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"Extravagant Fictions": The Book of Mormon in the Antebellum Popular Imagination

Title"Extravagant Fictions": The Book of Mormon in the Antebellum Popular Imagination
Publication TypeThesis
Year of Publication2012
AuthorsHalverson, Jared M.
Academic DepartmentDepartment of Religion
DegreeMaster of Arts in Religion
Number of Pages107
Date PublishedAugust 2012
UniversityVanderbilt University
CityNashville, TN
KeywordsAnti-Mormon; Campbell, Alexander; Cole, Abner; Criticism; Fiction; Howe, Eber D.; Palmyra Reflector; Palmyra, NY

"...What did people find so funny about the Book of Mormon, especially when others embraced it as sober, salvific truth? Furthermore, why did so many of those who commented on the Book of Mormon, from benign observers to bitter opponents, employ humor in their depictions and even their attacks? In short, what was it about the Book of Mormon that struck a comic chord?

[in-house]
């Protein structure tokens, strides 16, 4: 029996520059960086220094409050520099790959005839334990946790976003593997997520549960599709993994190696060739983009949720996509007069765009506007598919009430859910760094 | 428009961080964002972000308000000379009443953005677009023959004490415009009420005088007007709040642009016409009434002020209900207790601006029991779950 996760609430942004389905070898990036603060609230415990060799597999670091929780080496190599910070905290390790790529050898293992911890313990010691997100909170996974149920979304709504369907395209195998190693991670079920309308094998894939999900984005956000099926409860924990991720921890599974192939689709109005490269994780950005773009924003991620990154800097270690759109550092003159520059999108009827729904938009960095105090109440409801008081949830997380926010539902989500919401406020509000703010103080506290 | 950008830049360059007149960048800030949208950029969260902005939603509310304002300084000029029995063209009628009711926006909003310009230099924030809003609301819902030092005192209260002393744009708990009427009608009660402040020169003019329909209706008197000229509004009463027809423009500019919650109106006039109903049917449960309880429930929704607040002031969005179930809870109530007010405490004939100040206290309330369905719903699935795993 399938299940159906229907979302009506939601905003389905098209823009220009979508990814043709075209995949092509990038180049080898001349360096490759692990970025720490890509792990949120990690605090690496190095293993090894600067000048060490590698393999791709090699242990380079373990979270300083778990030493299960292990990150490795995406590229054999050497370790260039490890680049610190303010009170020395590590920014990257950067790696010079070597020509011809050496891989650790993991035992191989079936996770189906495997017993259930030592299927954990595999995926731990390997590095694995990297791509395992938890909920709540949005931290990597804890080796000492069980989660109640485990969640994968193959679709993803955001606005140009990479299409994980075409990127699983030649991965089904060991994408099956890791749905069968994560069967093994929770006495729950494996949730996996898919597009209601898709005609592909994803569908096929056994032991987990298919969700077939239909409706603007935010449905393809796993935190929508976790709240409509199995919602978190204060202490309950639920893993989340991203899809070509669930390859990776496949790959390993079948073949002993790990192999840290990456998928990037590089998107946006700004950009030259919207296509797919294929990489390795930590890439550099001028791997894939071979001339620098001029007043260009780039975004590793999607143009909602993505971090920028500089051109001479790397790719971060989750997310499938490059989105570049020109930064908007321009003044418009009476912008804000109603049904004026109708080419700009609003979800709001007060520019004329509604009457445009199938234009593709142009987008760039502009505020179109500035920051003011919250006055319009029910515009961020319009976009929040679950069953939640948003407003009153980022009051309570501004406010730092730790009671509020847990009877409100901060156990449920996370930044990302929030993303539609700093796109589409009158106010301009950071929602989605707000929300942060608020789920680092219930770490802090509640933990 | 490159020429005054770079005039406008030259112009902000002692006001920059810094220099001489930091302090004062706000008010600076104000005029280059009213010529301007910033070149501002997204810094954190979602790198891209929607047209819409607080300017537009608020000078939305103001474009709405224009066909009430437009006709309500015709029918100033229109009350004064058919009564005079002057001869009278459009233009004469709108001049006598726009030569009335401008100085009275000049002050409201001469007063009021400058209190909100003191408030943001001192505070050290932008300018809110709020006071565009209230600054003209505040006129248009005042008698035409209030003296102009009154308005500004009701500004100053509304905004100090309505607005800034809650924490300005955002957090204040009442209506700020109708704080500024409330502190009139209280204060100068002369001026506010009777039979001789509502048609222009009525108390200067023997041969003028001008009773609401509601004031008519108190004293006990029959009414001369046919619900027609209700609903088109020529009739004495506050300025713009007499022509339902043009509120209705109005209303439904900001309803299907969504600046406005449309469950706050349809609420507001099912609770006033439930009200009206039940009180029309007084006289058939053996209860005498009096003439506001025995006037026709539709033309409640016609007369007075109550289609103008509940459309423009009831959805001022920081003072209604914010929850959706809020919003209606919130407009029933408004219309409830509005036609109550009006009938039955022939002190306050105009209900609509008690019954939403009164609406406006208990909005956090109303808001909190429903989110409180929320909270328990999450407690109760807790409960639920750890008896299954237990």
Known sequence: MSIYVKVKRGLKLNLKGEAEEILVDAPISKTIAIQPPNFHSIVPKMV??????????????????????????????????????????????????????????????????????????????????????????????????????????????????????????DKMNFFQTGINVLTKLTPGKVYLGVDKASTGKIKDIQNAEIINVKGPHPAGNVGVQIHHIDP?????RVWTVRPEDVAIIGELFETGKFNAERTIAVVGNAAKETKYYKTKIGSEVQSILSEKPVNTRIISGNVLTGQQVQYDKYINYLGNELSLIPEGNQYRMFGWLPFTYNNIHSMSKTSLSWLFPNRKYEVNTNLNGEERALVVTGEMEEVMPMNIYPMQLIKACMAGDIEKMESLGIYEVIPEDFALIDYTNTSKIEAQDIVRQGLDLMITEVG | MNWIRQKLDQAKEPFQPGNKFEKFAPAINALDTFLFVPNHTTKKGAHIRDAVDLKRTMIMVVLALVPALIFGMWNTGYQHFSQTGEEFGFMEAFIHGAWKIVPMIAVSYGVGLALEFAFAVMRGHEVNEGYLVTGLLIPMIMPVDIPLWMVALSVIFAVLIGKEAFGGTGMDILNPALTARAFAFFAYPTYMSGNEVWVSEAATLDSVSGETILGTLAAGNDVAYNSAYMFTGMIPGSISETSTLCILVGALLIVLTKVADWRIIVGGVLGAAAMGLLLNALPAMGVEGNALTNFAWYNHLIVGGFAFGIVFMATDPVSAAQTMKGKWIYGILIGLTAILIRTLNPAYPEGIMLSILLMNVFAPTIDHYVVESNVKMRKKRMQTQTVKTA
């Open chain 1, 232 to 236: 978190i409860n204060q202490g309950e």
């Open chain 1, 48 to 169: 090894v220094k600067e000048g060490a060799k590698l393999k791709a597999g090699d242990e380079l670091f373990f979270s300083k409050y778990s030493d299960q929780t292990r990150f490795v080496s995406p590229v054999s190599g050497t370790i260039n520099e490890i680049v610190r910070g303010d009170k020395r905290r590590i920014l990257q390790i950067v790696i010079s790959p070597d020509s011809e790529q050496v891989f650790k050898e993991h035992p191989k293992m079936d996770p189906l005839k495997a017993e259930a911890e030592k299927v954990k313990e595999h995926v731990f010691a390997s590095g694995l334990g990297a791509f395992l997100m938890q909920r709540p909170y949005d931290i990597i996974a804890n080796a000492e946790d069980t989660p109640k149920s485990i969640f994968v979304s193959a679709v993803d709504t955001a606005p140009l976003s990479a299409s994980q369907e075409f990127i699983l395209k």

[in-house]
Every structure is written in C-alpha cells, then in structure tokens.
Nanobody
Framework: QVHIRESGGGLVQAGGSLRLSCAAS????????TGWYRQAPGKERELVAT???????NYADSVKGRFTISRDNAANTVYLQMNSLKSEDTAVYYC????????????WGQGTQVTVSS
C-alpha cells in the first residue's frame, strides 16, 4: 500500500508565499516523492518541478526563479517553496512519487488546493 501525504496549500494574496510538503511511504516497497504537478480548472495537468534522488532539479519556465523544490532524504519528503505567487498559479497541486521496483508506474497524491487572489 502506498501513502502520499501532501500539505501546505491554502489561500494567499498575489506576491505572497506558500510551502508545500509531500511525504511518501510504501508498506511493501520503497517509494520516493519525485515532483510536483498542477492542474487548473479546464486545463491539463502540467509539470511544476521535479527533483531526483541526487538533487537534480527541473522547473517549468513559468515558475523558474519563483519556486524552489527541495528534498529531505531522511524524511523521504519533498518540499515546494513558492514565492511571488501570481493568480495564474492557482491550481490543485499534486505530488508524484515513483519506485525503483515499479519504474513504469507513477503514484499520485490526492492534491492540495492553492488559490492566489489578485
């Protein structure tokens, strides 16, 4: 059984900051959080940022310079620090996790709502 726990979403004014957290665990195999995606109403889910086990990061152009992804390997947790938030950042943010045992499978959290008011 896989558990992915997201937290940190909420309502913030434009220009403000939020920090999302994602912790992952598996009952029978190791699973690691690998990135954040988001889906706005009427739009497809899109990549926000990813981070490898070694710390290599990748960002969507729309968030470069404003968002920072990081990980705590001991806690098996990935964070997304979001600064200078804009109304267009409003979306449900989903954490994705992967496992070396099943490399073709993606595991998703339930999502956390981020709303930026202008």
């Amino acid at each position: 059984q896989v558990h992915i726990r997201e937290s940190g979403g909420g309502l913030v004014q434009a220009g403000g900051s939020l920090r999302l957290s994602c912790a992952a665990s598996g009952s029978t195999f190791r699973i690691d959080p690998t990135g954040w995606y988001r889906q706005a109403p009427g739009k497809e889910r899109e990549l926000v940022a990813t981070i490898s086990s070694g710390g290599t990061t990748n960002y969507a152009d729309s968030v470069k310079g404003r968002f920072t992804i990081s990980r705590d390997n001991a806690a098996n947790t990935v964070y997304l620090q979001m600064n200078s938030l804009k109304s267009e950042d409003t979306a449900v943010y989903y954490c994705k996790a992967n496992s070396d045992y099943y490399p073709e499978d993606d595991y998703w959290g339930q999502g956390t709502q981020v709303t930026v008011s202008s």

As we shall see in attempting to answer these questions, what this humor says about early Mormonism may be less significant than what it says about nineteenth century America, and it promises to reveal as much about the country’s mind and heart as about its funny bone. “One’s sense of humor is a clue to the most serious part of one’s nature,” observed poet Marianne Moore, and in this, what is true of the individual is true of the nation, especially when certain punch lines and laughingstocks achieve a sort of cultural currency.

“If one wishes to know . . . ‘what is really on the collective mind,’” wrote historian Joseph Boskin, citing Alan Dundes, “‘there is no more direct and accurate way of finding out than by paying attention to precisely what is making people laugh.’” Thus, for a time we will have to ignore the caution of E. B. White, who warned, “Humor can be dissected, as a frog can, but the thing dies in the process and the innards are discouraging to any but the pure scientific mind.” Noting that risk, but trusting in its value to those minds interested in the history of antebellum America, the study that follows seeks to “dissect” some of the humor aimed at early Mormonism, specifically that which targeted the Book of Mormon during roughly the first decade of its presence in print..."